Weekly Post Challenge: “Habit”
I’m talking about street photography, as I so often do! While many, rightfully, obsess about how to do it I’m often preoccupied with the reasons of why to do it. It comes from my upbringing. I was always taught that there is a reason for things; a reason for doing things. I should be conscious of my actions because my actions have positive or negative consequences. Not merely act out of some instinct or meaningless habit.
Truth be told, not everyone thinks ahead. Some of us do but unfortunately don’t think far enough ahead when it’s actually possible. Getting into some sort of trouble is typically how life tells us that we’ve grossly lacked foresight.
Thanks life, for letting us know after the fact! That’s just what we need! You’re so awesome!
Oscar Wilde is well known for many quotes. One being: “Experience is simply the name we give our mistakes.” Well, given some of his choices life, he really ought to have known. The blessed reality about his axiom; however, is that those who survive their mistakes are placed in a wonderful position to teach the rest of us to not copy their errors.
That said, not repeating history works well when we don’t arrogantly accuse the experienced ones of being hypocrites for not practicing what they preach. They’re only trying to save us from relying too much on that 20/20 hindsight.
I try to use art to make foresight a good habit.
Where I live, there is a grassroots effort (carefully trying to not say “movement”) to look at the city of Hamilton’s past to understand where most surviving things came from, discover what has been lost and complain about what might have been. One of the top ways this is done is to review historical photographs held by private collectors, public library and historical society and newspaper archives. We regard it as connecting with local heritage, and I know this happens in many other communities around the world.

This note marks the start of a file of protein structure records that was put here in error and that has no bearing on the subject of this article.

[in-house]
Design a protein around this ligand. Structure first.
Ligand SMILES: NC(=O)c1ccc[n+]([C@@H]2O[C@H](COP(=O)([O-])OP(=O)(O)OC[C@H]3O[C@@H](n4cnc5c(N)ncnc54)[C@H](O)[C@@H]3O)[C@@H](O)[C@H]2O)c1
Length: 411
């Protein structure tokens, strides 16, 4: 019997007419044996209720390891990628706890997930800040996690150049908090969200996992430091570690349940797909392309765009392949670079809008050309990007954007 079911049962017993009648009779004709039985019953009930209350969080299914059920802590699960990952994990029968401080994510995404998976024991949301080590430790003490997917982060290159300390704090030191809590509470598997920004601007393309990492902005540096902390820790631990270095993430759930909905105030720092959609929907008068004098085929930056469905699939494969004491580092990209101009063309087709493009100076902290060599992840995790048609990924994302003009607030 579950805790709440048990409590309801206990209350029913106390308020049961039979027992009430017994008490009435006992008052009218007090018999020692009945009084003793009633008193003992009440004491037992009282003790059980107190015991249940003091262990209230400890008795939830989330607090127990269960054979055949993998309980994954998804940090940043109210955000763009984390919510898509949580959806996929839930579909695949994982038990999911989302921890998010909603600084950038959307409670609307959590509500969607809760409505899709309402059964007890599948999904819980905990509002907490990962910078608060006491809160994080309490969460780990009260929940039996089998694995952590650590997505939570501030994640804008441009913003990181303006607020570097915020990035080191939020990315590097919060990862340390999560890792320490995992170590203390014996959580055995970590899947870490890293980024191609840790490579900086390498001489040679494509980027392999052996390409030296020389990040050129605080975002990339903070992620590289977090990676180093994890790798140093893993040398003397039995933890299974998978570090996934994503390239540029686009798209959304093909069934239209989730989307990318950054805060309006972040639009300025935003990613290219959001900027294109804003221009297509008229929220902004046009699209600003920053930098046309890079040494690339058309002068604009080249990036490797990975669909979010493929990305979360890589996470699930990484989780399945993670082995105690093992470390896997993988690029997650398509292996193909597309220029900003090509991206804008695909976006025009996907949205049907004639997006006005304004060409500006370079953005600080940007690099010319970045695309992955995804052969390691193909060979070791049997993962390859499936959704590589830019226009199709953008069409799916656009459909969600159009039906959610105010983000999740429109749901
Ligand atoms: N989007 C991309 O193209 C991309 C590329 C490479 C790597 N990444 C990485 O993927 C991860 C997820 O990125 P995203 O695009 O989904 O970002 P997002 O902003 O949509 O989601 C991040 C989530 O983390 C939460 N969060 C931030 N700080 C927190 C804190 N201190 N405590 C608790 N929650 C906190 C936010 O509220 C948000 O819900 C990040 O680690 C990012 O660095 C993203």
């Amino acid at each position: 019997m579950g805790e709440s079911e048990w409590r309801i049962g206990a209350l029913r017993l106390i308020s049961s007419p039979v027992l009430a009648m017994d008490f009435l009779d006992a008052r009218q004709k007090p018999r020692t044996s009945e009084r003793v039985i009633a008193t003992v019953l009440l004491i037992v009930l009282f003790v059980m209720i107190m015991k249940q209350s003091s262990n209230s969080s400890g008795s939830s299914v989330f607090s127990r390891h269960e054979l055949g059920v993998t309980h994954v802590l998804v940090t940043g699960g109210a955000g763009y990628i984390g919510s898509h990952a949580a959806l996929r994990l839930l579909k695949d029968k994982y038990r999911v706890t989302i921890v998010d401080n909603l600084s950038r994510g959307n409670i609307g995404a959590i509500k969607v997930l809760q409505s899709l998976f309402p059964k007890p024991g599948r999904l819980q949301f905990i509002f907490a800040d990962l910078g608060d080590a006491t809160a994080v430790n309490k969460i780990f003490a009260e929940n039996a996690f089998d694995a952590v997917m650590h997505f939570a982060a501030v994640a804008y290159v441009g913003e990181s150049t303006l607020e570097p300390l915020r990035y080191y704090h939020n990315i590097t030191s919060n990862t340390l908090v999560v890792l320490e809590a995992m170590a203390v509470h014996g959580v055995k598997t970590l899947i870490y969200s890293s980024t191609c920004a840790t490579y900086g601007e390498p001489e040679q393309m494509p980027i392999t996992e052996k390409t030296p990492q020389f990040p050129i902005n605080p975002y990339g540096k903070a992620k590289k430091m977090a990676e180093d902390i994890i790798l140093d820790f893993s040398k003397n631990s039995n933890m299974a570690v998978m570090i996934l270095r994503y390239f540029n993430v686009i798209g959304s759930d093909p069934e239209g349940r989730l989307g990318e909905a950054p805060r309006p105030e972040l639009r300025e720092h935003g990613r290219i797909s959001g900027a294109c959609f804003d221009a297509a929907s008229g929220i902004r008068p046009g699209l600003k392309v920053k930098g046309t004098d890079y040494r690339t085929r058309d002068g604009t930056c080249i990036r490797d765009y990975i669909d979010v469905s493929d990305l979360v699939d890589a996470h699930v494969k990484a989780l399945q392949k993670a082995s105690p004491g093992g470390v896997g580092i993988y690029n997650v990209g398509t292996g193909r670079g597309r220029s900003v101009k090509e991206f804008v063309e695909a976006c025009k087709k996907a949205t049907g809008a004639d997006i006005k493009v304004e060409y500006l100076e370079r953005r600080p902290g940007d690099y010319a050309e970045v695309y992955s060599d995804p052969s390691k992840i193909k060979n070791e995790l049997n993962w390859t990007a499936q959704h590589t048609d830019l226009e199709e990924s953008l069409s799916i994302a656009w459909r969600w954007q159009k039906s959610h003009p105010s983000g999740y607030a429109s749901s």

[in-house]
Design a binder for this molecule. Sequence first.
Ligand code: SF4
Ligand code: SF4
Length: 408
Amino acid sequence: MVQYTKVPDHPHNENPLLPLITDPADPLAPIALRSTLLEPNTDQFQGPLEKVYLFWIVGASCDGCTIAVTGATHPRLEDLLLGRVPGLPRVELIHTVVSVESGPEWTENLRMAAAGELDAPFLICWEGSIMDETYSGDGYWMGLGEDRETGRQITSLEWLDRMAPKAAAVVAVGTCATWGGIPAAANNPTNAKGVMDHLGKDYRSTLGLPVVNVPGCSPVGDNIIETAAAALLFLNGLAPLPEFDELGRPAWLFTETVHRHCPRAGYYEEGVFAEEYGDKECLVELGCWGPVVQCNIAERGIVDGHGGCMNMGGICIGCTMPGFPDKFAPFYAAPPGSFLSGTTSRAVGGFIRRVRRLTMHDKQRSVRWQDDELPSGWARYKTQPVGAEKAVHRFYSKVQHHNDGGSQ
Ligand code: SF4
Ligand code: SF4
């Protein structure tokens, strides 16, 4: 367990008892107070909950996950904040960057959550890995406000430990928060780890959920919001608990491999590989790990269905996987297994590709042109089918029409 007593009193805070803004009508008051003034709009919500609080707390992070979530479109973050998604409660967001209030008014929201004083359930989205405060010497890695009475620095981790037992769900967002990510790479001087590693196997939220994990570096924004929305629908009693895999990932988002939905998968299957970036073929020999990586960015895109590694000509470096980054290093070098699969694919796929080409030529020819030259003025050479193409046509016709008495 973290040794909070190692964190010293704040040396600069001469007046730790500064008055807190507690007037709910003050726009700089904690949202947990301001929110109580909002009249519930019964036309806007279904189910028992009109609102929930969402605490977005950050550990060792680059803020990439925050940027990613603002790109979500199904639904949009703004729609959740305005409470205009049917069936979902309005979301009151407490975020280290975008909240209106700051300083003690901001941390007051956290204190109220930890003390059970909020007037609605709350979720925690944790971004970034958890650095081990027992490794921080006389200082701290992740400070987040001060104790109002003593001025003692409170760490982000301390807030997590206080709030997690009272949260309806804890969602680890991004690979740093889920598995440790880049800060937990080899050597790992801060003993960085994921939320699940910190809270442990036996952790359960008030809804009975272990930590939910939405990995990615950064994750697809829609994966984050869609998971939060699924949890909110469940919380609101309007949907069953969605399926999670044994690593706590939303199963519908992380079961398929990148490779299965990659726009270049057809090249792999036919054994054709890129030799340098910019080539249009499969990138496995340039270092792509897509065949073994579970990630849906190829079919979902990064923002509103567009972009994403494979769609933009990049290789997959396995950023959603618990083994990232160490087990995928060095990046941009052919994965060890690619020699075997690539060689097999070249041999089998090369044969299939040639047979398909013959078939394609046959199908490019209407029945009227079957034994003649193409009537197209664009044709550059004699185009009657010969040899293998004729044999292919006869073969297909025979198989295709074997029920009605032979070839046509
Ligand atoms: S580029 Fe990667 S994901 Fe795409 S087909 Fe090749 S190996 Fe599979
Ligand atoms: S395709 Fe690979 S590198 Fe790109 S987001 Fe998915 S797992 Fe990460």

For me, the only hang up about it is that it doesn’t seem to inspire serious consideration of the city’s future, and tomorrow’s prospects – as difficult as they are to predict, are important to me.
When I make sci-fi art, I’m often trying to envision a future so distant that it’s really hard to be certain of. Much closer to reality; when I do street photography at home or in some other city, one of my aims is to document how the place is now in hopes of instilling serious thought about the future.
Yes, although street photography is done viscerally there can be a meaningful purpose, and there is one for me. Just as there are photographic records of the past, there should be some of today. Not just so that future generations can use them to reminisce and bicker as we currently do but so that those pictures may hopefully also be used to help create a better tomorrow.